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D.C. Rallies Illuminate Racial Divide

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D.C. Rallies Illuminate Racial Divide

D.C. Rallies Illuminate Racial Divide

D.C. Rallies Illuminate Racial Divide

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  • <iframe src="" width="100%" height="290" frameborder="0" scrolling="no" title="NPR embedded audio player">
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This weekend there were dueling rallies in Washington, D.C., on the anniversary of Martin Luther King’s 1968 “March on Washington” speech. Talk show host Glenn Beck chose the date to hold a rally at the Lincoln Memorial to “restore honor” to the United States and its citizens. A smaller counter-rally was organized by the Rev. Al Sharpton. African-American pastor Harry Jackson, who spoke at Beck’s rally, says while the audience was predominantly white, several of the front row invited guests were African-American faith leaders. Bishop Jackson discusses the complicated relationship between black conservatives and the republican party.


I'm Allison Keyes. This is TELL ME MORE from NPR News. Michel Martin is away.

Five years ago today, much of New Orleans was under water. More than a million people were displaced by Hurricane Katrina and some never moved back. We'll hear the tale of a Vietnamese-American family pining for the old neighborhood from its new neighborhood in Houston.

But first, it's the tale of two very different rallies this past weekend in Washington. Tens of thousands, maybe more, gathered at the Lincoln Memorial Saturday for an event put together by Fox News Channel talk show host Glenn Beck. He called it Restoring Honor.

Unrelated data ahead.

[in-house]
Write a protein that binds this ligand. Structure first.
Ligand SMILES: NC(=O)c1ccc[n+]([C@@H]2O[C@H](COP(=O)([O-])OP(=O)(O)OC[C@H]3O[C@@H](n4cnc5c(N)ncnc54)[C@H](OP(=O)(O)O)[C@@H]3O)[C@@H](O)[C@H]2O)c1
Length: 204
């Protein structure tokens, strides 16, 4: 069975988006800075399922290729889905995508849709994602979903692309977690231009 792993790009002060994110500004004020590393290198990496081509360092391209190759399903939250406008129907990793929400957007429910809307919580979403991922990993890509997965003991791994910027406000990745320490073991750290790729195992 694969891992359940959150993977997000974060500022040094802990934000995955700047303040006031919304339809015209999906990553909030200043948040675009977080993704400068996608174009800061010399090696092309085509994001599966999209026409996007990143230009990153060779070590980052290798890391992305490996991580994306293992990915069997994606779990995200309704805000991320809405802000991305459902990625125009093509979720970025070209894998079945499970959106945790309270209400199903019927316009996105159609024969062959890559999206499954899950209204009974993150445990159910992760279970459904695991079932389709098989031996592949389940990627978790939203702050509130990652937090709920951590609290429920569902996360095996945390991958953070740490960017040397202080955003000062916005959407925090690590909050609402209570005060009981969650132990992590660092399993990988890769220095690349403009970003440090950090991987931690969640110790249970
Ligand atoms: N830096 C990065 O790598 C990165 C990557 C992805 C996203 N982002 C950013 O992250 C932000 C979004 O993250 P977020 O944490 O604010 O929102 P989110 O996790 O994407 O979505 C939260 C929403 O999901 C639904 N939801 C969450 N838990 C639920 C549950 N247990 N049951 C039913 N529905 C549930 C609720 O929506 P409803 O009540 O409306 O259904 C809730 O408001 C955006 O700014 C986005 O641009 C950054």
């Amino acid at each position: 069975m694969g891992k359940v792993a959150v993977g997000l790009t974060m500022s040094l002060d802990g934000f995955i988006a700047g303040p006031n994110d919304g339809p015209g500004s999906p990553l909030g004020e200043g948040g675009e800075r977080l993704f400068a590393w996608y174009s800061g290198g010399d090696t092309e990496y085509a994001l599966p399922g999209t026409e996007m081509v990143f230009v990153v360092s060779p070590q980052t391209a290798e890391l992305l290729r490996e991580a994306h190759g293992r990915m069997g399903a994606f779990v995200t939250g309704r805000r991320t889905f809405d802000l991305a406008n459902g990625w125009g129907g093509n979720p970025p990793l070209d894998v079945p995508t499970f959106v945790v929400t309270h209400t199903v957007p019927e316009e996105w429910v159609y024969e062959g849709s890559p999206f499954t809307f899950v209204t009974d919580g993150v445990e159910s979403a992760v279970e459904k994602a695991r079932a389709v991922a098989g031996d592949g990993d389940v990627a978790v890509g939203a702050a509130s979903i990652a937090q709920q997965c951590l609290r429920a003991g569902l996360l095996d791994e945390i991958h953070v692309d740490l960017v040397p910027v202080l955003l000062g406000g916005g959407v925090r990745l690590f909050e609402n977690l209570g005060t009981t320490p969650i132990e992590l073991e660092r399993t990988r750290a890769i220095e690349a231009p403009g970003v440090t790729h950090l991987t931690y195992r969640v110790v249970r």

Mr. GLENN BECK (Talk Show Host, Fox News Channel): Look ahead. Dream about what we're going to become, not worried about what we are. Look forward, look West, look to the heavens, look to God and make your choice.

(Soundbite of applause)

KEYES: While Beck's rally was predominately white, a much smaller rally and march to the National Mall on the anniversary of Dr. Martin Luther King Jr.'s march on Washington speech was predominately black. Here's Reverend Al Sharpton.

Reverend AL SHARPTON (Civil Rights Activist): They want to disgrace this day and we're not giving them this day. This is our day and we ain't giving it away.

KEYES: African-American Pastor Harry Jackson chose the Beck rally. In fact, he spoke there and he's with us now in our Washington, D.C. studio. Bishop Jackson, excuse me, leads a Pentecostal congregation at the Hope Christian Church just outside of Washington and has also founded what he calls the High Impact Leadership Coalition which focuses on abortion and same-sex marriage. Welcome, Bishop.

Bishop HARRY JACKSON (Hope Christian Church): Thank you very much for having me here, Allison.

KEYES: Let me first ask you, how do you rate Saturday's rally?

Bishop JACKSON: I thought it was A plus because they stayed away from politics, largely focused on the moral and social issues, which...

KEYES: In other words, there weren't the signs that you've seen at some of the Tea Party-ish rallies over the last...